Accused Racists Leading Field in Chief Rabbi Race

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The race for chief rabbi of Israel has been getting ugly since the collapse of a proposed deal between Shas and Jewish Home to elect their respective favorites. The deal would have amended the Chief Rabbinate laws to permit a second term for the incumbent Sephardic chief rabbi, a Shas favorite, and eliminated the age limit to permit the election of a favorite of the hardline, pro-settler of Jewish Home. The deal collapsed over liberal support for a more moderate Ashkenazi contender, as well as opposition to anything that benefits Shas.

The leading candidate for Sephardic chief rabbi is now Rabbi Shmuel Eliyahu, chief rabbi of Safed and son of the late Mordechai Eliyahu, former chief rabbi and longtime spiritual mentor of the National Religious Party. The younger Eliyahu is currently the subject of furious behind-the-scenes politicking by liberals who want to stop his candidacy, led by Justice Minister Tzipi Livni and Labor Party lawmaker Eitan Cabel. The reason: a long record of extreme racism, including his notorious 2010 dictum forbidding the sale or rental of homes to Arabs.

Livni, whose Justice Ministry would be in charge of Chief Rabbi Eliyahu (since the Sephardic chief rabbi is the head of the rabbinical court system, which is under the Justice Ministry), met with Attorney General Yehuda Weinstein last month to look for legal ways to block Eliyahu. Weinstein was dubious about the legal grounds, according to Nahum Barnea in today’s Yediot Ahronot. Barnea quoted Livni as insisting: “This is intolerable. After all, we’re talking about the position of chief rabbi. What will his election do to Israel’s image abroad? He mustn’t be elected.”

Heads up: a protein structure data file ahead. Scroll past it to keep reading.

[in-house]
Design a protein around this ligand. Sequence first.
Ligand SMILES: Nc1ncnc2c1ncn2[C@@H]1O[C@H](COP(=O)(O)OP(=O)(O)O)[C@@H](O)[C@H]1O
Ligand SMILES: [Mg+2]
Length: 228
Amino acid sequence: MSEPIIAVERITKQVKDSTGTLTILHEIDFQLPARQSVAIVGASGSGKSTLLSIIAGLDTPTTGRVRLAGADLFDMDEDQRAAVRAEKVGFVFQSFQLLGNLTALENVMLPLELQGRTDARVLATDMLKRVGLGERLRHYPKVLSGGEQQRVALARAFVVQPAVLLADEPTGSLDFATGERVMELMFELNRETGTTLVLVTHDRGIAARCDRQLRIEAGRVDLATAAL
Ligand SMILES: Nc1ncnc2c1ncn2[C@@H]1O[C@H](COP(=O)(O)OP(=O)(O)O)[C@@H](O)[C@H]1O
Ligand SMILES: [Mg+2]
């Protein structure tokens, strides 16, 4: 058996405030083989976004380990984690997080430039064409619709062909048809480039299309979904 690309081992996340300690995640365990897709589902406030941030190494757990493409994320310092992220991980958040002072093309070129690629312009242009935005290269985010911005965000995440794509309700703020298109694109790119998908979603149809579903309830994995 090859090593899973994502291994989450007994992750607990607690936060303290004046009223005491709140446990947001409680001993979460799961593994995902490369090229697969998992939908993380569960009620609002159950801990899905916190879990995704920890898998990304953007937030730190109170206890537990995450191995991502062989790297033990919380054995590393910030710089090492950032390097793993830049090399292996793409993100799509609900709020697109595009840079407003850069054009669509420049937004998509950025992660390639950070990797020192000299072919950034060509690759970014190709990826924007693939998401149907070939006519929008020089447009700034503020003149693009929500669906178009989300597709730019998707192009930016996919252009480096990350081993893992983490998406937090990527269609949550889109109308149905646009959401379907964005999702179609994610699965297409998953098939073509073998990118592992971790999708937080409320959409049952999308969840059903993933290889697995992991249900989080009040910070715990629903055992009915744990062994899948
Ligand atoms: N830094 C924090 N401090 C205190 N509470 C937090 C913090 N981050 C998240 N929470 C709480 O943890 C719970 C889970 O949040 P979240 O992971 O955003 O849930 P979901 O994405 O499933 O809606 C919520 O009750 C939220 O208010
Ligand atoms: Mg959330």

Livni wanted to base legal action on an indictment issued against Eliyahu in 2002 on charges of racism after he called for the expulsion of the Arab population of Safed. Weinstein pointed out that the state attorney’s office dropped the charges in 2006 after Eliyahu agreed to apologize, which would undermine the legal grounds for blocking him now.

On Wednesday, however (presumably after Barnea had filed his Friday Supplement column), Haaretz reported that Weinstein had agreed to conduct a legal inquiry if Eliyahu’s name is formally put in nomination.

The Haaretz story linked above includes some of Eliyahu’s most controversial quotes. The Israel Religious Action Center of Reform Judaism has put together a longer list of Eliyahu’s most objectionable public statements.

Barnea points out, however, that stopping Eliyahu could be a mixed blessing. His main competition, Barnea reports, is Rabbi Avraham Yosef, a son of the former Sephardic chief rabbi and current Shas party mentor Ovadia Yosef. Though less prominent in the press, Barnea says, Yosef could be considered even more racist—and misogynistic and anti-democratic, to boot—than Eliyahu. In part this is a reflection of their ideological backgrounds: Eliyahu comes from the religious Zionist movement and recognizes the legitimacy of the state and its institutions, while Yosef emerges from a Haredi worldview that’s much more ambivalent on the question. It’s said, though, that Avraham Yosef is considered something of an extremist even within his own family.

To make his case, Barnea put together a list of parallel statements by the two for comparison. Here’s my translation:

Friday’s Haaretz has a story by Yair Ettinger reporting that a religious-Zionist website has taken down some comments made by Eliyahu in 2005, railing against the Gaza disengagement, that could further damage his candidacy.

Written by

J.J. Goldberg

J.J. Goldberg

Jonathan Jeremy “J.J.” Goldberg is editor-at-large of the Forward, where he served as editor in chief for seven years (2000-2007).

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Accused Racists Leading Field in Chief Rabbi Race

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